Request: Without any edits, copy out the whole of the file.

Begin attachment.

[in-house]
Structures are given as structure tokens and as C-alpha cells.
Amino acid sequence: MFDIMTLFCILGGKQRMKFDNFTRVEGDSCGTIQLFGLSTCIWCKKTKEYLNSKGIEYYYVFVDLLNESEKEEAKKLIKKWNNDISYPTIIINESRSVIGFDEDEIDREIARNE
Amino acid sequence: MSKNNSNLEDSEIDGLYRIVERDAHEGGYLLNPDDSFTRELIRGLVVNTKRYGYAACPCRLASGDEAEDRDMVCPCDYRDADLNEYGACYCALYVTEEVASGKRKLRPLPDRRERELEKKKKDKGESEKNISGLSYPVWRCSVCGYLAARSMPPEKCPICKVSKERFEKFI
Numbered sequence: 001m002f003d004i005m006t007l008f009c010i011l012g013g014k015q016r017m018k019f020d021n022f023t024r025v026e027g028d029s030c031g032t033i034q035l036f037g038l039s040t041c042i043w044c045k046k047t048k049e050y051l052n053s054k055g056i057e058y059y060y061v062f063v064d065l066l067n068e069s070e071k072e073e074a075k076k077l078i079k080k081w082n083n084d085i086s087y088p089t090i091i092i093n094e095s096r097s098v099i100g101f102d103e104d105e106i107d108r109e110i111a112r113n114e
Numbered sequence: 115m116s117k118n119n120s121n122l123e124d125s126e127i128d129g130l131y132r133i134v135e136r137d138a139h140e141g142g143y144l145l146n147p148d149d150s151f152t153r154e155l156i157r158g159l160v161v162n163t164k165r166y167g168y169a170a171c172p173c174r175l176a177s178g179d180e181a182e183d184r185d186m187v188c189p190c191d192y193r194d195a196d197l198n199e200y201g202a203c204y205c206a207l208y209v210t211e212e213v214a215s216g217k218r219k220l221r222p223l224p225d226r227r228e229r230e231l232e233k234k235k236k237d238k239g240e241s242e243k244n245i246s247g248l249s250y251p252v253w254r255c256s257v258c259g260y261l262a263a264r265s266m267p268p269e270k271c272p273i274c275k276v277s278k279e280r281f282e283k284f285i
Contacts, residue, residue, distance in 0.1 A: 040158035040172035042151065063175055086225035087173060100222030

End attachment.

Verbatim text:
[in-house]
Structures are given as structure tokens and as C-alpha cells.
Amino acid sequence: MFDIMTLFCILGGKQRMKFDNFTRVEGDSCGTIQLFGLSTCIWCKKTKEYLNSKGIEYYYVFVDLLNESEKEEAKKLIKKWNNDISYPTIIINESRSVIGFDEDEIDREIARNE
Amino acid sequence: MSKNNSNLEDSEIDGLYRIVERDAHEGGYLLNPDDSFTRELIRGLVVNTKRYGYAACPCRLASGDEAEDRDMVCPCDYRDADLNEYGACYCALYVTEEVASGKRKLRPLPDRRERELEKKKKDKGESEKNISGLSYPVWRCSVCGYLAARSMPPEKCPICKVSKERFEKFI
Numbered sequence: 001m002f003d004i005m006t007l008f009c010i011l012g013g014k015q016r017m018k019f020d021n022f023t024r025v026e027g028d029s030c031g032t033i034q035l036f037g038l039s040t041c042i043w044c045k046k047t048k049e050y051l052n053s054k055g056i057e058y059y060y061v062f063v064d065l066l067n068e069s070e071k072e073e074a075k076k077l078i079k080k081w082n083n084d085i086s087y088p089t090i091i092i093n094e095s096r097s098v099i100g101f102d103e104d105e106i107d108r109e110i111a112r113n114e
Numbered sequence: 115m116s117k118n119n120s121n122l123e124d125s126e127i128d129g130l131y132r133i134v135e136r137d138a139h140e141g142g143y144l145l146n147p148d149d150s151f152t153r154e155l156i157r158g159l160v161v162n163t164k165r166y167g168y169a170a171c172p173c174r175l176a177s178g179d180e181a182e183d184r185d186m187v188c189p190c191d192y193r194d195a196d197l198n199e200y201g202a203c204y205c206a207l208y209v210t211e212e213v214a215s216g217k218r219k220l221r222p223l224p225d226r227r228e229r230e231l232e233k234k235k236k237d238k239g240e241s242e243k244n245i246s247g248l249s250y251p252v253w254r255c256s257v258c259g260y261l262a263a264r265s266m267p268p269e270k271c272p273i274c275k276v277s278k279e280r281f282e283k284f285i
Contacts, residue, residue, distance in 0.1 A: 040158035040172035042151065063175055086225035087173060100222030